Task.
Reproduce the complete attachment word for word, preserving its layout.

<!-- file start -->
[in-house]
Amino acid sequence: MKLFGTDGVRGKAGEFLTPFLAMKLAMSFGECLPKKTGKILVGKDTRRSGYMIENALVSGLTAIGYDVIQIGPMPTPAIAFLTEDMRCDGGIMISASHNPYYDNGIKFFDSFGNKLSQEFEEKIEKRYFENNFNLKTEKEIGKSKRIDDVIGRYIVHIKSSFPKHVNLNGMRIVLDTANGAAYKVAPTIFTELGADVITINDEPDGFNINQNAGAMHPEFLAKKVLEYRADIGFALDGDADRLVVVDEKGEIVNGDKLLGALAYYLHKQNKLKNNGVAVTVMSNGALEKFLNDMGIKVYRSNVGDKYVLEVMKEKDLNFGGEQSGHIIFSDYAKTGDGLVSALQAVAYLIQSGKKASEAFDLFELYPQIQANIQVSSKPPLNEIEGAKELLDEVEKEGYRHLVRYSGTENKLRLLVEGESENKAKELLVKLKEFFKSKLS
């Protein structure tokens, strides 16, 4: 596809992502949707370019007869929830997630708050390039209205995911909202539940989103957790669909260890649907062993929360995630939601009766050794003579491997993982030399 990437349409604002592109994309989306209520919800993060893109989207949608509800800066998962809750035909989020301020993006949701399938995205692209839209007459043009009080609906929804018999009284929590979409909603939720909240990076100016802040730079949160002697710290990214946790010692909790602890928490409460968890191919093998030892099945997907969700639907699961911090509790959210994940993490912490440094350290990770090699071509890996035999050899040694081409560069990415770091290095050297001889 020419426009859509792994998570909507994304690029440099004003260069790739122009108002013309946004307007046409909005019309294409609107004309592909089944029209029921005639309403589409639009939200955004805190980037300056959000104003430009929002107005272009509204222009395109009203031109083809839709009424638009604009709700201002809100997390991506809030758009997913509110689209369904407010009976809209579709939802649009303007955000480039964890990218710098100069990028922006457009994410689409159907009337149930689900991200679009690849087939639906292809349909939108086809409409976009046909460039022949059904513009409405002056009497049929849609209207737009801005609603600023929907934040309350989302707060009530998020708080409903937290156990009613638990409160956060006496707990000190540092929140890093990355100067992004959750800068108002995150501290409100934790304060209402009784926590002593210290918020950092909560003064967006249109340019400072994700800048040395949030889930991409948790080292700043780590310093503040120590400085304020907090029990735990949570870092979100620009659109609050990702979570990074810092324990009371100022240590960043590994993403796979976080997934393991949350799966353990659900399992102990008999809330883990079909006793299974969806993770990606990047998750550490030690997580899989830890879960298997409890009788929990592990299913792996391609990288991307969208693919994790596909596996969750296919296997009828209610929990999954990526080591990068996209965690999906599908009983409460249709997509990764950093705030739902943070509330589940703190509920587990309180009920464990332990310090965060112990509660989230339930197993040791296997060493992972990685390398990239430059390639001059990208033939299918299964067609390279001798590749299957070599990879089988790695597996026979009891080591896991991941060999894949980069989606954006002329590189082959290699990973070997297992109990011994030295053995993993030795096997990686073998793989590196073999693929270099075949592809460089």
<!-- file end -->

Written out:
[in-house]
Amino acid sequence: MKLFGTDGVRGKAGEFLTPFLAMKLAMSFGECLPKKTGKILVGKDTRRSGYMIENALVSGLTAIGYDVIQIGPMPTPAIAFLTEDMRCDGGIMISASHNPYYDNGIKFFDSFGNKLSQEFEEKIEKRYFENNFNLKTEKEIGKSKRIDDVIGRYIVHIKSSFPKHVNLNGMRIVLDTANGAAYKVAPTIFTELGADVITINDEPDGFNINQNAGAMHPEFLAKKVLEYRADIGFALDGDADRLVVVDEKGEIVNGDKLLGALAYYLHKQNKLKNNGVAVTVMSNGALEKFLNDMGIKVYRSNVGDKYVLEVMKEKDLNFGGEQSGHIIFSDYAKTGDGLVSALQAVAYLIQSGKKASEAFDLFELYPQIQANIQVSSKPPLNEIEGAKELLDEVEKEGYRHLVRYSGTENKLRLLVEGESENKAKELLVKLKEFFKSKLS
């Protein structure tokens, strides 16, 4: 596809992502949707370019007869929830997630708050390039209205995911909202539940989103957790669909260890649907062993929360995630939601009766050794003579491997993982030399 990437349409604002592109994309989306209520919800993060893109989207949608509800800066998962809750035909989020301020993006949701399938995205692209839209007459043009009080609906929804018999009284929590979409909603939720909240990076100016802040730079949160002697710290990214946790010692909790602890928490409460968890191919093998030892099945997907969700639907699961911090509790959210994940993490912490440094350290990770090699071509890996035999050899040694081409560069990415770091290095050297001889 020419426009859509792994998570909507994304690029440099004003260069790739122009108002013309946004307007046409909005019309294409609107004309592909089944029209029921005639309403589409639009939200955004805190980037300056959000104003430009929002107005272009509204222009395109009203031109083809839709009424638009604009709700201002809100997390991506809030758009997913509110689209369904407010009976809209579709939802649009303007955000480039964890990218710098100069990028922006457009994410689409159907009337149930689900991200679009690849087939639906292809349909939108086809409409976009046909460039022949059904513009409405002056009497049929849609209207737009801005609603600023929907934040309350989302707060009530998020708080409903937290156990009613638990409160956060006496707990000190540092929140890093990355100067992004959750800068108002995150501290409100934790304060209402009784926590002593210290918020950092909560003064967006249109340019400072994700800048040395949030889930991409948790080292700043780590310093503040120590400085304020907090029990735990949570870092979100620009659109609050990702979570990074810092324990009371100022240590960043590994993403796979976080997934393991949350799966353990659900399992102990008999809330883990079909006793299974969806993770990606990047998750550490030690997580899989830890879960298997409890009788929990592990299913792996391609990288991307969208693919994790596909596996969750296919296997009828209610929990999954990526080591990068996209965690999906599908009983409460249709997509990764950093705030739902943070509330589940703190509920587990309180009920464990332990310090965060112990509660989230339930197993040791296997060493992972990685390398990239430059390639001059990208033939299918299964067609390279001798590749299957070599990879089988790695597996026979009891080591896991991941060999894949980069989606954006002329590189082959290699990973070997297992109990011994030295053995993993030795096997990686073998793989590196073999693929270099075949592809460089």